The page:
THE DEBATE ABOUT RACE IS NOT A DEBATE ABOUT WHETHER DIFFERENCES exist between human populations. Jon Entine, a staunch defender of the idea of race, defines race as ‘human biodiversity’. That is meaningless. No one, on either side of the debate, would deny that there are a myriad of differences between different human populations.
The real debate about race is not whether there are any differences between populations, but about the significance of such differences. The fact that a BMW saloon is of a different colour to a Boeing 747 is of little significance to most people. The fact that one has an internal combustion engine and the other a jet engine is of immense consequence if you want to travel from London to New York. But if you are a Yanomamo Indian living in the Amazon forest, even this difference may not be of that great an import, since it is quite possible that you will be unable – or will not need – to use either form of transport. If we want to understand the significance of any set of differences, in other words, we have to ask ourselves two questions: Significant for what? And in what context? One of the problems of the contemporary debate about race is that these two questions get too rarely asked.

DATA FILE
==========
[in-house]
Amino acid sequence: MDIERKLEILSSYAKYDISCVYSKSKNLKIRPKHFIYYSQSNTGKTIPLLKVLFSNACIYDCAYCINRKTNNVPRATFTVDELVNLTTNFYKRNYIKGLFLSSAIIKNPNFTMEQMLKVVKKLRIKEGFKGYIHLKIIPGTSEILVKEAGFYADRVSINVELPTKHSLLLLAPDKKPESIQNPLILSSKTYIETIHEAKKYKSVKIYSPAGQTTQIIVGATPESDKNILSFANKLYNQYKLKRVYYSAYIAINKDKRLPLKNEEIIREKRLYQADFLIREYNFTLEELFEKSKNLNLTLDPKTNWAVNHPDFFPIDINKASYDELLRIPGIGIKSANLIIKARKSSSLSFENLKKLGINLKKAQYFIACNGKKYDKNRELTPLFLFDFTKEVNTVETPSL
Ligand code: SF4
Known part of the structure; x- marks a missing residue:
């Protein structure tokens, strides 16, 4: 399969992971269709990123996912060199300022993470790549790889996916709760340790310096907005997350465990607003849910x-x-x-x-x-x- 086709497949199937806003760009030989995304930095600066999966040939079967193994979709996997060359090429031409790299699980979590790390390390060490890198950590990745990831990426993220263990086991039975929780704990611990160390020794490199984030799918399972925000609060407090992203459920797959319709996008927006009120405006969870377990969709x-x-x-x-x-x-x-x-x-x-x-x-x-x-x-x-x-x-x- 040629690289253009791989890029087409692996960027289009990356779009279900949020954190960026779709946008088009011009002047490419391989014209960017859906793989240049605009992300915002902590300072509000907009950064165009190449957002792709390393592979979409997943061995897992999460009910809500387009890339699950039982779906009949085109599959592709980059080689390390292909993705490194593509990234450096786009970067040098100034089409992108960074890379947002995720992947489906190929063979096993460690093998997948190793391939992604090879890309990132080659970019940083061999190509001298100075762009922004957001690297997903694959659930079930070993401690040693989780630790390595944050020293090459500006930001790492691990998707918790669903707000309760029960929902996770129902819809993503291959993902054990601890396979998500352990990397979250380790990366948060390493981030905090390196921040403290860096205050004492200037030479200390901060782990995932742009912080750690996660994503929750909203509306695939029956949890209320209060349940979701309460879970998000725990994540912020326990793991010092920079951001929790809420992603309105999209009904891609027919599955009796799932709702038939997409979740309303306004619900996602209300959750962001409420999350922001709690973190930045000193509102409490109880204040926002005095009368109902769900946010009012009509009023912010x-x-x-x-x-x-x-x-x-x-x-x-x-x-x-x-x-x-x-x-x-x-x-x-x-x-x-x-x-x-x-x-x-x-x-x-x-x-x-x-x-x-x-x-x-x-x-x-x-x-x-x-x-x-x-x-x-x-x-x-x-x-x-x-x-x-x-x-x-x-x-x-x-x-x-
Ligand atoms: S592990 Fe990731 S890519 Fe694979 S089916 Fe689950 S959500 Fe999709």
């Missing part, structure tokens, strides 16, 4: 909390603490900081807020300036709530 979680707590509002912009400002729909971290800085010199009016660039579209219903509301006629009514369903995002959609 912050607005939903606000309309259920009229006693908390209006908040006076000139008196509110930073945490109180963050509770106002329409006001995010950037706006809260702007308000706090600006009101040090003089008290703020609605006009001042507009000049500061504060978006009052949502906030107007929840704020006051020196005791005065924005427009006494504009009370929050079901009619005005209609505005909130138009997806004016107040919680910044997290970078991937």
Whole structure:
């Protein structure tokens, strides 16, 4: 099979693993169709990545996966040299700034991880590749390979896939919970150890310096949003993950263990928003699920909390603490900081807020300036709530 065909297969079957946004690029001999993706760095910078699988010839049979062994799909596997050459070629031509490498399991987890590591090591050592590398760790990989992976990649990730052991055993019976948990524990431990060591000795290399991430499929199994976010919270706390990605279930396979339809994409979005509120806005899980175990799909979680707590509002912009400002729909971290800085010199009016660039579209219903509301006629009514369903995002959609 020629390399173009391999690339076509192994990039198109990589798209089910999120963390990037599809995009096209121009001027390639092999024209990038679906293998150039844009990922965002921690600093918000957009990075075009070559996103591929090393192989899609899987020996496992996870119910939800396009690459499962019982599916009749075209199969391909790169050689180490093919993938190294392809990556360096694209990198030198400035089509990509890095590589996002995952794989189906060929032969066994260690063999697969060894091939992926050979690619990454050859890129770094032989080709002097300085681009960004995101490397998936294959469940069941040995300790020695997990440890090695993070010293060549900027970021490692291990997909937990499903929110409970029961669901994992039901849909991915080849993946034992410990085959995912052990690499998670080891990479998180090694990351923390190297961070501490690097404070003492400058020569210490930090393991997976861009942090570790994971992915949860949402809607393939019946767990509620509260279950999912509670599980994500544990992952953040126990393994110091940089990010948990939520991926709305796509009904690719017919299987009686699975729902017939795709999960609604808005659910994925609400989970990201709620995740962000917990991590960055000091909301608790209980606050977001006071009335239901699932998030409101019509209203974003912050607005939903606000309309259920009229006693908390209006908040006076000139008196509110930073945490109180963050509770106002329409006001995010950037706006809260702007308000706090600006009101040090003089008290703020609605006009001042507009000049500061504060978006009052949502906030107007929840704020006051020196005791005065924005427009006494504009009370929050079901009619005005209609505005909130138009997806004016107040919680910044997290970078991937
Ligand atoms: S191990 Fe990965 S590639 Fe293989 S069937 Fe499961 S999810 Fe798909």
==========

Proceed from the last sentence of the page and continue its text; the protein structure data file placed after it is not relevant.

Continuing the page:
One reason it gets too rarely asked is that both sides in the debate accept a common view of human differences. What race expresses today is not so much an old fashioned belief in the existence of clearly delineated groups of people each with a special, essential quality but a much vaguer belief about the importance of human differences, a sense that what matters are our particular identities, and that preserving and celebrating such differences and identities is essential to the healthy functioning of human societies. And such a celebration of difference has today become the hallmark, not of old-fangled, reactionary racism, but of modern, liberal anti-racism. ‘It’s good to be different’ might well be the motto of our times. The celebration of difference, the promotion of a pluralist society, tolerance for a variety of cultural identities – these are seen as the hallmarks of a decent, liberal, democratic, non-racist society. As UNESCO has put it, ‘diversity is the very essence of our identity’.